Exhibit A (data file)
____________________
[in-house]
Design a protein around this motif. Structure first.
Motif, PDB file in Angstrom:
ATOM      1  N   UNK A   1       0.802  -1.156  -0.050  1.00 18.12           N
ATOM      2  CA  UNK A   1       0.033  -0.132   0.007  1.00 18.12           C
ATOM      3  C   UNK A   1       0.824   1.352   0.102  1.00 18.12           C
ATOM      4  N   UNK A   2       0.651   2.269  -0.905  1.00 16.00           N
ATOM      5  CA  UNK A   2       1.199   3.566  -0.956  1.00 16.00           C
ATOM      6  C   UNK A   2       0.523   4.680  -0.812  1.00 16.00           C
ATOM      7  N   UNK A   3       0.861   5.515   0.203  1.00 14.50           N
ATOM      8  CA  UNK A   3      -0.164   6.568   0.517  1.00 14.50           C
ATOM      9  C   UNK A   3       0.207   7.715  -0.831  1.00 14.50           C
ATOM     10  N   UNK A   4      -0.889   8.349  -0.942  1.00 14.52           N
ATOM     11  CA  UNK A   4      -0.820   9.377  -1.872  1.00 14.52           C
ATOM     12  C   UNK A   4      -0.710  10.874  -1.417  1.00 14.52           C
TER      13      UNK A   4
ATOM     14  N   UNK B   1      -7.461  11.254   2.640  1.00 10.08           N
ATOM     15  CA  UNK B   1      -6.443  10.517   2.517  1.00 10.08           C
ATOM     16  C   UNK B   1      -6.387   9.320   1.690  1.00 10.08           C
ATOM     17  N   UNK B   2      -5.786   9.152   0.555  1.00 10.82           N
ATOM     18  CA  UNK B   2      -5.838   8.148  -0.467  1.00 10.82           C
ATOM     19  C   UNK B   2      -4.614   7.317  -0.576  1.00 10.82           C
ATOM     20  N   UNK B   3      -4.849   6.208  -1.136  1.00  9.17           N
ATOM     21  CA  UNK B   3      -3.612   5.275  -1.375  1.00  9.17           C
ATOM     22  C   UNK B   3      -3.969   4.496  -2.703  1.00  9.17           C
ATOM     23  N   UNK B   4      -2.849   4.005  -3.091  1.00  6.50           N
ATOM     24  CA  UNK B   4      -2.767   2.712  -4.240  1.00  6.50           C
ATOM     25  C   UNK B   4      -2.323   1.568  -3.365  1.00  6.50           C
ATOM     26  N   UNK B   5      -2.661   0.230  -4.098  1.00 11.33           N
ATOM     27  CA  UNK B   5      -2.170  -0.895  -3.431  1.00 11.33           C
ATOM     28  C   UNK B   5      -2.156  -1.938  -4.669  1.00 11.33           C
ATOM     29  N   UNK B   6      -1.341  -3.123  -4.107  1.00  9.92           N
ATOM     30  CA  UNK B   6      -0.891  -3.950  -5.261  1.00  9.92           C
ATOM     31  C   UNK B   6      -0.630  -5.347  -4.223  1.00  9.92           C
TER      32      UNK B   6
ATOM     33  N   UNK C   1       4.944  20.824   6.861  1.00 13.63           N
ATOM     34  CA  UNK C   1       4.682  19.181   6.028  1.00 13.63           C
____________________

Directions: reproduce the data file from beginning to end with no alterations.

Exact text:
[in-house]
Design a protein around this motif. Structure first.
Motif, PDB file in Angstrom:
ATOM      1  N   UNK A   1       0.802  -1.156  -0.050  1.00 18.12           N
ATOM      2  CA  UNK A   1       0.033  -0.132   0.007  1.00 18.12           C
ATOM      3  C   UNK A   1       0.824   1.352   0.102  1.00 18.12           C
ATOM      4  N   UNK A   2       0.651   2.269  -0.905  1.00 16.00           N
ATOM      5  CA  UNK A   2       1.199   3.566  -0.956  1.00 16.00           C
ATOM      6  C   UNK A   2       0.523   4.680  -0.812  1.00 16.00           C
ATOM      7  N   UNK A   3       0.861   5.515   0.203  1.00 14.50           N
ATOM      8  CA  UNK A   3      -0.164   6.568   0.517  1.00 14.50           C
ATOM      9  C   UNK A   3       0.207   7.715  -0.831  1.00 14.50           C
ATOM     10  N   UNK A   4      -0.889   8.349  -0.942  1.00 14.52           N
ATOM     11  CA  UNK A   4      -0.820   9.377  -1.872  1.00 14.52           C
ATOM     12  C   UNK A   4      -0.710  10.874  -1.417  1.00 14.52           C
TER      13      UNK A   4
ATOM     14  N   UNK B   1      -7.461  11.254   2.640  1.00 10.08           N
ATOM     15  CA  UNK B   1      -6.443  10.517   2.517  1.00 10.08           C
ATOM     16  C   UNK B   1      -6.387   9.320   1.690  1.00 10.08           C
ATOM     17  N   UNK B   2      -5.786   9.152   0.555  1.00 10.82           N
ATOM     18  CA  UNK B   2      -5.838   8.148  -0.467  1.00 10.82           C
ATOM     19  C   UNK B   2      -4.614   7.317  -0.576  1.00 10.82           C
ATOM     20  N   UNK B   3      -4.849   6.208  -1.136  1.00  9.17           N
ATOM     21  CA  UNK B   3      -3.612   5.275  -1.375  1.00  9.17           C
ATOM     22  C   UNK B   3      -3.969   4.496  -2.703  1.00  9.17           C
ATOM     23  N   UNK B   4      -2.849   4.005  -3.091  1.00  6.50           N
ATOM     24  CA  UNK B   4      -2.767   2.712  -4.240  1.00  6.50           C
ATOM     25  C   UNK B   4      -2.323   1.568  -3.365  1.00  6.50           C
ATOM     26  N   UNK B   5      -2.661   0.230  -4.098  1.00 11.33           N
ATOM     27  CA  UNK B   5      -2.170  -0.895  -3.431  1.00 11.33           C
ATOM     28  C   UNK B   5      -2.156  -1.938  -4.669  1.00 11.33           C
ATOM     29  N   UNK B   6      -1.341  -3.123  -4.107  1.00  9.92           N
ATOM     30  CA  UNK B   6      -0.891  -3.950  -5.261  1.00  9.92           C
ATOM     31  C   UNK B   6      -0.630  -5.347  -4.223  1.00  9.92           C
TER      32      UNK B   6
ATOM     33  N   UNK C   1       4.944  20.824   6.861  1.00 13.63           N
ATOM     34  CA  UNK C   1       4.682  19.181   6.028  1.00 13.63           C